The explosion at an ammunition depot west of Tehran occurred just days days after the U.N. International Atomic Energy Agency released a report raising new concerns over what it calls “possible military dimensions” to Iran’s nuclear activities. On Sunday, President Obama warned that no options are being taken off the table concerning Iran.
President Barack Obama: “The sanctions have enormous bite and enormous scope. And we’re building off the platform that has already been established. The question is, are there additional measures that we can take? And we’re going to explore every avenue to see if we can solve this issue diplomatically. I have said repeatedly, and I will say it today: We are not taking any options off the table.”
At a Republican presidential debate in South Carolina on Saturday, several contenders accused Obama of being too soft on Iran.
Mitt Romney: “If we re-elect Barack Obama, Iran will have a nuclear weapon. And if we elect Mitt Romney, if you elect me as the next president, they will not have a nuclear weapon.”
Scott Pelley: “But, sir, let me—you just described where we are today, and that’s what you’re going to have to deal with if you become president. How do you prevent them from obtaining a nuclear weapon? Is it worth going to war to prevent that?”
Mitt Romney: “Well, it’s worth putting in place crippling sanctions. It’s worth working with the insurgents in the country to encourage regime change in the country. And if all else fails, if after all of the work we’ve done there’s nothing else we can do besides take military action, then of course you take military action. It is unacceptable for Iran to have a nuclear weapon.”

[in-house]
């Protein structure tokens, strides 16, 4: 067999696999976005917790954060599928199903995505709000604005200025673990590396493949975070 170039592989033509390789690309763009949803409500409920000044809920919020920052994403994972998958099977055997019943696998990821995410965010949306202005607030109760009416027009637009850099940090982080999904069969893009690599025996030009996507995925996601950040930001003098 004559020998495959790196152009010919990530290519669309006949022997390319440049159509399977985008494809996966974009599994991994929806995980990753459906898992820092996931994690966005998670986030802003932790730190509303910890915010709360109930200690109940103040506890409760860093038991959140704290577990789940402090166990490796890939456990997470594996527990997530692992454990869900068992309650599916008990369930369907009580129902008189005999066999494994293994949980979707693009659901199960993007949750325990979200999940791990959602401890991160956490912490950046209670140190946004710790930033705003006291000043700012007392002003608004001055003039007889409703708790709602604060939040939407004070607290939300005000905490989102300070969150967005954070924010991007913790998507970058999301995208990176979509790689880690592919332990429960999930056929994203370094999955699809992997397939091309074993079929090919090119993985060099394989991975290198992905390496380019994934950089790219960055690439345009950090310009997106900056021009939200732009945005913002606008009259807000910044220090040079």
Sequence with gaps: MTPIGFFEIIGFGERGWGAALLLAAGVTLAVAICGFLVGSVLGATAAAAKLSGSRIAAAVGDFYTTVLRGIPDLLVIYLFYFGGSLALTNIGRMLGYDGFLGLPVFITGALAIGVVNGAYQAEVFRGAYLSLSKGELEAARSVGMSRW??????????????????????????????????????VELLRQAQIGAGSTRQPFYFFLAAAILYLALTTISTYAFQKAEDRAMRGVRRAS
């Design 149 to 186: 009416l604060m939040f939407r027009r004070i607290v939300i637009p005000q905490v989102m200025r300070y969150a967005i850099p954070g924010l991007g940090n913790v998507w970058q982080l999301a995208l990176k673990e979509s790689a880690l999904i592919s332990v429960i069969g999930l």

Former Speaker of the House Newt Gingrich, who is rising in the Republican polls, was also asked about Iran.
Newt Gingrich: “I agree entirely with Governor Romney. If, in the end, despite all of those things, the dictatorship persists, you have to take whatever steps are necessary to break its capacity to have a nuclear weapon.”
Republican Rep. Michele Bachmann accused President Obama of abandoning Israel at time when it could become the target of a nuclear war.
Rep. Michele Bachmann: “The table is being set for a worldwide nuclear war against Israel, and if there’s anything that we know, President Obama has been more than willing to stand with Occupy Wall Street, but he hasn’t been willing to stand with Israel. Israel looks at President Obama, and they do not see a friend.”
Republican Rep. Ron Paul offered a different take on dealing with Iran.
Rep. Ron Paul: “I’m afraid what’s going on right now is similar to the war propaganda that went on against Iraq, and you know they didn’t have weapons of mass destruction. And it was orchestrated, and it was, to me, a tragedy of what’s happened these last 10 years, the death and destruction, $4 trillion in debt. So, no, it’s not worthwhile going to war. If you do, you get a declaration of war, you fight it, and you win it and get it over with.”